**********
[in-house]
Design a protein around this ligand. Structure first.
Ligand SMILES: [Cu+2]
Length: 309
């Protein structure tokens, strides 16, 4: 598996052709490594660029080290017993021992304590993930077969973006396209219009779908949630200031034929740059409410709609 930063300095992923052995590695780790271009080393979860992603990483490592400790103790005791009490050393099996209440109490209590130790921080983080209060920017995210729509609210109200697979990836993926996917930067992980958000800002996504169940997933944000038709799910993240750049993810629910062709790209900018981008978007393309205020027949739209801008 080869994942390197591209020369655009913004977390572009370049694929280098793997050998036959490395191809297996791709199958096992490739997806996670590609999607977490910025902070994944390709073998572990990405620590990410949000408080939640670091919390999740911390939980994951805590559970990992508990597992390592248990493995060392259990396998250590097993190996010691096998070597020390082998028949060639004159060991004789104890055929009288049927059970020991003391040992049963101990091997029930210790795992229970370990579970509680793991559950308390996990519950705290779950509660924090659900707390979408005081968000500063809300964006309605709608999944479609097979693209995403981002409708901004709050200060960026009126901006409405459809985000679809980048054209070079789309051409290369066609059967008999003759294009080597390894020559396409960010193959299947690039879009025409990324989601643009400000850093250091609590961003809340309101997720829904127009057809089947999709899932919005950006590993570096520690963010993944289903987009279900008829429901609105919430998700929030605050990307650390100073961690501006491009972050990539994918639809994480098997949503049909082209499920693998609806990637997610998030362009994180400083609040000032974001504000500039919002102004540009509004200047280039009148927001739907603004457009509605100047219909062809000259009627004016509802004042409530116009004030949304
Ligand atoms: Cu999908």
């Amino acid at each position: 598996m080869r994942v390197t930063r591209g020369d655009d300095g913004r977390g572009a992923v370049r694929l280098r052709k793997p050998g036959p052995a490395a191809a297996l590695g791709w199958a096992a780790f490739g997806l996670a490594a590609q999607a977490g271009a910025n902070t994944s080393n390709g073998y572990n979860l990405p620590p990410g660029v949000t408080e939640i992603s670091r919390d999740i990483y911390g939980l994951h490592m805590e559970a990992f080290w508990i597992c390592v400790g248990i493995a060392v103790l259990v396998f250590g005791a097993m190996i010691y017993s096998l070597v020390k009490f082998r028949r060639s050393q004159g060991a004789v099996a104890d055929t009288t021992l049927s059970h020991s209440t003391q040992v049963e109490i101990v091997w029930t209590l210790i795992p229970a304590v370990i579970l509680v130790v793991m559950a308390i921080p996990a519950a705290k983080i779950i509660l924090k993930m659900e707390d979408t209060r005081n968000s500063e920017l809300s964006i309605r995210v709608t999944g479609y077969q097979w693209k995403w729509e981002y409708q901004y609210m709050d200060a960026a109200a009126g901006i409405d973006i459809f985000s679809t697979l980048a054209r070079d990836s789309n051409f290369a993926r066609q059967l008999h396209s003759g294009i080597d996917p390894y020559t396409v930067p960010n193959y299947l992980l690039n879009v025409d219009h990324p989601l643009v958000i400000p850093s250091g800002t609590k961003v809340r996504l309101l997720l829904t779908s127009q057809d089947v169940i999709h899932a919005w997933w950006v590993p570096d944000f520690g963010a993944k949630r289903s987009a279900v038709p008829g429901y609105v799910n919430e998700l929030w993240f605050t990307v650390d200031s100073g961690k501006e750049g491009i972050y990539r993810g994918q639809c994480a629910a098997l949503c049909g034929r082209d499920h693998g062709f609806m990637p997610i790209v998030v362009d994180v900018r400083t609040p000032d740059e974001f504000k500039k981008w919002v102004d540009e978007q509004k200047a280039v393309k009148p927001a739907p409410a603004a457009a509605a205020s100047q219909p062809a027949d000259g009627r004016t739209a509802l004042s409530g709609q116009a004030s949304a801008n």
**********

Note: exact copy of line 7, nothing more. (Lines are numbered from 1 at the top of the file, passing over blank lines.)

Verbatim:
């Amino acid at each position: 598996m080869r994942v390197t930063r591209g020369d655009d300095g913004r977390g572009a992923v370049r694929l280098r052709k793997p050998g036959p052995a490395a191809a297996l590695g791709w199958a096992a780790f490739g997806l996670a490594a590609q999607a977490g271009a910025n902070t994944s080393n390709g073998y572990n979860l990405p620590p990410g660029v949000t408080e939640i992603s670091r919390d999740i990483y911390g939980l994951h490592m805590e559970a990992f080290w508990i597992c390592v400790g248990i493995a060392v103790l259990v396998f250590g005791a097993m190996i010691y017993s096998l070597v020390k009490f082998r028949r060639s050393q004159g060991a004789v099996a104890d055929t009288t021992l049927s059970h020991s209440t003391q040992v049963e109490i101990v091997w029930t209590l210790i795992p229970a304590v370990i579970l509680v130790v793991m559950a308390i921080p996990a519950a705290k983080i779950i509660l924090k993930m659900e707390d979408t209060r005081n968000s500063e920017l809300s964006i309605r995210v709608t999944g479609y077969q097979w693209k995403w729509e981002y409708q901004y609210m709050d200060a960026a109200a009126g901006i409405d973006i459809f985000s679809t697979l980048a054209r070079d990836s789309n051409f290369a993926r066609q059967l008999h396209s003759g294009i080597d996917p390894y020559t396409v930067p960010n193959y299947l992980l690039n879009v025409d219009h990324p989601l643009v958000i400000p850093s250091g800002t609590k961003v809340r996504l309101l997720l829904t779908s127009q057809d089947v169940i999709h899932a919005w997933w950006v590993p570096d944000f520690g963010a993944k949630r289903s987009a279900v038709p008829g429901y609105v799910n919430e998700l929030w993240f605050t990307v650390d200031s100073g961690k501006e750049g491009i972050y990539r993810g994918q639809c994480a629910a098997l949503c049909g034929r082209d499920h693998g062709f609806m990637p997610i790209v998030v362009d994180v900018r400083t609040p000032d740059e974001f504000k500039k981008w919002v102004d540009e978007q509004k200047a280039v393309k009148p927001a739907p409410a603004a457009a509605a205020s100047q219909p062809a027949d000259g009627r004016t739209a509802l004042s409530g709609q116009a004030s949304a801008n």